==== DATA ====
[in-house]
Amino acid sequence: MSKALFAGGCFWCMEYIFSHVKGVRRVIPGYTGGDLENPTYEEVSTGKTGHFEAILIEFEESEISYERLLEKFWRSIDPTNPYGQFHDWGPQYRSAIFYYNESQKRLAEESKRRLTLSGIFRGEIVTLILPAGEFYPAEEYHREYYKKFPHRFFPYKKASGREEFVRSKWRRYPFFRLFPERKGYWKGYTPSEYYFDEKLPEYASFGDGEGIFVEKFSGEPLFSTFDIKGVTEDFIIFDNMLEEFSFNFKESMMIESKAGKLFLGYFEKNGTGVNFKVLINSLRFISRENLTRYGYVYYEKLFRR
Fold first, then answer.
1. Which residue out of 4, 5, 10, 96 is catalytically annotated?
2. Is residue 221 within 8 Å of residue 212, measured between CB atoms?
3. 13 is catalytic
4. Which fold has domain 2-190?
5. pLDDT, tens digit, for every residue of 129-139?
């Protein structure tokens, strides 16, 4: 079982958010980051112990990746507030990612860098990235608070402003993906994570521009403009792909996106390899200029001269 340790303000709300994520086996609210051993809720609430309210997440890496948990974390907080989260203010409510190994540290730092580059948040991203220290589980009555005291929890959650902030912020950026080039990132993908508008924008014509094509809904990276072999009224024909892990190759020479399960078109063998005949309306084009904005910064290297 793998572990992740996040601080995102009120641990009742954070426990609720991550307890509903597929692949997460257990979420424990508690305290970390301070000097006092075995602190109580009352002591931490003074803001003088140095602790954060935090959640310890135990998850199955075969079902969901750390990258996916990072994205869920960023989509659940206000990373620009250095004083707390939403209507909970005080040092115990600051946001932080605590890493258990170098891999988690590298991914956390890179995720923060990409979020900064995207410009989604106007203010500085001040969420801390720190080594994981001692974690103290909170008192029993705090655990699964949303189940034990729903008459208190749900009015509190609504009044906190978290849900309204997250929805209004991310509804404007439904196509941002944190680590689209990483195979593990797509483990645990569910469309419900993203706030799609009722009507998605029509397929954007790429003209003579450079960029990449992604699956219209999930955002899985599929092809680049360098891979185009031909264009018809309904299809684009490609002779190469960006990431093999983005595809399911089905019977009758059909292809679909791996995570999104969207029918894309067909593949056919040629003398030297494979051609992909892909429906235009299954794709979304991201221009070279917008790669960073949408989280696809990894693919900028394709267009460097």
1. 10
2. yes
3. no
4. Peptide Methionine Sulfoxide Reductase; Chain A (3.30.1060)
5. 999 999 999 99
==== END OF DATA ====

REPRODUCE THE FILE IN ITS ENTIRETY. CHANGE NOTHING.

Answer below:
[in-house]
Amino acid sequence: MSKALFAGGCFWCMEYIFSHVKGVRRVIPGYTGGDLENPTYEEVSTGKTGHFEAILIEFEESEISYERLLEKFWRSIDPTNPYGQFHDWGPQYRSAIFYYNESQKRLAEESKRRLTLSGIFRGEIVTLILPAGEFYPAEEYHREYYKKFPHRFFPYKKASGREEFVRSKWRRYPFFRLFPERKGYWKGYTPSEYYFDEKLPEYASFGDGEGIFVEKFSGEPLFSTFDIKGVTEDFIIFDNMLEEFSFNFKESMMIESKAGKLFLGYFEKNGTGVNFKVLINSLRFISRENLTRYGYVYYEKLFRR
Fold first, then answer.
1. Which residue out of 4, 5, 10, 96 is catalytically annotated?
2. Is residue 221 within 8 Å of residue 212, measured between CB atoms?
3. 13 is catalytic
4. Which fold has domain 2-190?
5. pLDDT, tens digit, for every residue of 129-139?
């Protein structure tokens, strides 16, 4: 079982958010980051112990990746507030990612860098990235608070402003993906994570521009403009792909996106390899200029001269 340790303000709300994520086996609210051993809720609430309210997440890496948990974390907080989260203010409510190994540290730092580059948040991203220290589980009555005291929890959650902030912020950026080039990132993908508008924008014509094509809904990276072999009224024909892990190759020479399960078109063998005949309306084009904005910064290297 793998572990992740996040601080995102009120641990009742954070426990609720991550307890509903597929692949997460257990979420424990508690305290970390301070000097006092075995602190109580009352002591931490003074803001003088140095602790954060935090959640310890135990998850199955075969079902969901750390990258996916990072994205869920960023989509659940206000990373620009250095004083707390939403209507909970005080040092115990600051946001932080605590890493258990170098891999988690590298991914956390890179995720923060990409979020900064995207410009989604106007203010500085001040969420801390720190080594994981001692974690103290909170008192029993705090655990699964949303189940034990729903008459208190749900009015509190609504009044906190978290849900309204997250929805209004991310509804404007439904196509941002944190680590689209990483195979593990797509483990645990569910469309419900993203706030799609009722009507998605029509397929954007790429003209003579450079960029990449992604699956219209999930955002899985599929092809680049360098891979185009031909264009018809309904299809684009490609002779190469960006990431093999983005595809399911089905019977009758059909292809679909791996995570999104969207029918894309067909593949056919040629003398030297494979051609992909892909429906235009299954794709979304991201221009070279917008790669960073949408989280696809990894693919900028394709267009460097």
1. 10
2. yes
3. no
4. Peptide Methionine Sulfoxide Reductase; Chain A (3.30.1060)
5. 999 999 999 99